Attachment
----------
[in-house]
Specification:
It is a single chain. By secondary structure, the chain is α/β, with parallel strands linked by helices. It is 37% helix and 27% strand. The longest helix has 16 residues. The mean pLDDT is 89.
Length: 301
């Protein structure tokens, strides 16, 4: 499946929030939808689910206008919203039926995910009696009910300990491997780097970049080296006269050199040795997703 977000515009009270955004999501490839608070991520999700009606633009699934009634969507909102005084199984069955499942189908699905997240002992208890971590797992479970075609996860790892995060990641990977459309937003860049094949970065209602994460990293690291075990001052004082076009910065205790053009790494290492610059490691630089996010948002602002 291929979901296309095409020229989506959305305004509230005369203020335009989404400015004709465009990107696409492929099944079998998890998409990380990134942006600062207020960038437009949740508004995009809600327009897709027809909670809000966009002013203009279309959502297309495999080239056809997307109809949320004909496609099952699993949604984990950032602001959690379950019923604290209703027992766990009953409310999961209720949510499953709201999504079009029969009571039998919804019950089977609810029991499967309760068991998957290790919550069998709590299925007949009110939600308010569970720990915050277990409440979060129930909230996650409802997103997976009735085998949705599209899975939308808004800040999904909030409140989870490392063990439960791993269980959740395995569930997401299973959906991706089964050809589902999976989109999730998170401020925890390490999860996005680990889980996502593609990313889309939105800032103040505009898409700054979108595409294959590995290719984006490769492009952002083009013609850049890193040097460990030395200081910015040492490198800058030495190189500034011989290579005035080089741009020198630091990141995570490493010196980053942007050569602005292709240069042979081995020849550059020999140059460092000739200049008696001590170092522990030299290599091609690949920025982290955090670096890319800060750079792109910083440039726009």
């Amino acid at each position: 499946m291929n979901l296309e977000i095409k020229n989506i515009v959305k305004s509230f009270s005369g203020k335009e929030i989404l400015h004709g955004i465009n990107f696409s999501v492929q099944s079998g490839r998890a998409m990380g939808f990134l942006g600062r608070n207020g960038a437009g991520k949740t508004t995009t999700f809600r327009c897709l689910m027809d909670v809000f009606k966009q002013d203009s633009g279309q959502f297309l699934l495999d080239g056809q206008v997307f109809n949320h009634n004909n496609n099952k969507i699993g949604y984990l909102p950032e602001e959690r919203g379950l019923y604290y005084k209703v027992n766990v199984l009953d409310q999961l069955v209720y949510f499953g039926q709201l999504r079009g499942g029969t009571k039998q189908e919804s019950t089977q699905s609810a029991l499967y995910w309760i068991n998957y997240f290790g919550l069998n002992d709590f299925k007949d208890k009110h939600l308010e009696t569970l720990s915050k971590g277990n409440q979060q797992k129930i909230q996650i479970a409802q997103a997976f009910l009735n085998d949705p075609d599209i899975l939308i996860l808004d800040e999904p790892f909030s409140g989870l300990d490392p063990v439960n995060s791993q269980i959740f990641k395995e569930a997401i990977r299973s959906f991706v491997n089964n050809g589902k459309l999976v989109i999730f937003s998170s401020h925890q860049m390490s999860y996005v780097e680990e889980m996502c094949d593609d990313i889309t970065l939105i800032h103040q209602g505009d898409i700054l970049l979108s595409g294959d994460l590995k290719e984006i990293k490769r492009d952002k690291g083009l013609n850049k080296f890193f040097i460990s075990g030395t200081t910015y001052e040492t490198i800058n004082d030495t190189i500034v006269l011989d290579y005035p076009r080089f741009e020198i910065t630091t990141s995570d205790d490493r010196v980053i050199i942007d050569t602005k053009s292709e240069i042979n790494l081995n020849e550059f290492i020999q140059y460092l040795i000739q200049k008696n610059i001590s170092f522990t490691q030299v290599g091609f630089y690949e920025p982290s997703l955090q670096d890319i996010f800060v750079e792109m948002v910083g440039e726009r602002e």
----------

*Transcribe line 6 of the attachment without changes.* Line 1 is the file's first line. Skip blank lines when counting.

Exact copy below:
């Amino acid at each position: 499946m291929n979901l296309e977000i095409k020229n989506i515009v959305k305004s509230f009270s005369g203020k335009e929030i989404l400015h004709g955004i465009n990107f696409s999501v492929q099944s079998g490839r998890a998409m990380g939808f990134l942006g600062r608070n207020g960038a437009g991520k949740t508004t995009t999700f809600r327009c897709l689910m027809d909670v809000f009606k966009q002013d203009s633009g279309q959502f297309l699934l495999d080239g056809q206008v997307f109809n949320h009634n004909n496609n099952k969507i699993g949604y984990l909102p950032e602001e959690r919203g379950l019923y604290y005084k209703v027992n766990v199984l009953d409310q999961l069955v209720y949510f499953g039926q709201l999504r079009g499942g029969t009571k039998q189908e919804s019950t089977q699905s609810a029991l499967y995910w309760i068991n998957y997240f290790g919550l069998n002992d709590f299925k007949d208890k009110h939600l308010e009696t569970l720990s915050k971590g277990n409440q979060q797992k129930i909230q996650i479970a409802q997103a997976f009910l009735n085998d949705p075609d599209i899975l939308i996860l808004d800040e999904p790892f909030s409140g989870l300990d490392p063990v439960n995060s791993q269980i959740f990641k395995e569930a997401i990977r299973s959906f991706v491997n089964n050809g589902k459309l999976v989109i999730f937003s998170s401020h925890q860049m390490s999860y996005v780097e680990e889980m996502c094949d593609d990313i889309t970065l939105i800032h103040q209602g505009d898409i700054l970049l979108s595409g294959d994460l590995k290719e984006i990293k490769r492009d952002k690291g083009l013609n850049k080296f890193f040097i460990s075990g030395t200081t910015y001052e040492t490198i800058n004082d030495t190189i500034v006269l011989d290579y005035p076009r080089f741009e020198i910065t630091t990141s995570d205790d490493r010196v980053i050199i942007d050569t602005k053009s292709e240069i042979n790494l081995n020849e550059f290492i020999q140059y460092l040795i000739q200049k008696n610059i001590s170092f522990t490691q030299v290599g091609f630089y690949e920025p982290s997703l955090q670096d890319i996010f800060v750079e792109m948002v910083g440039e726009r602002e």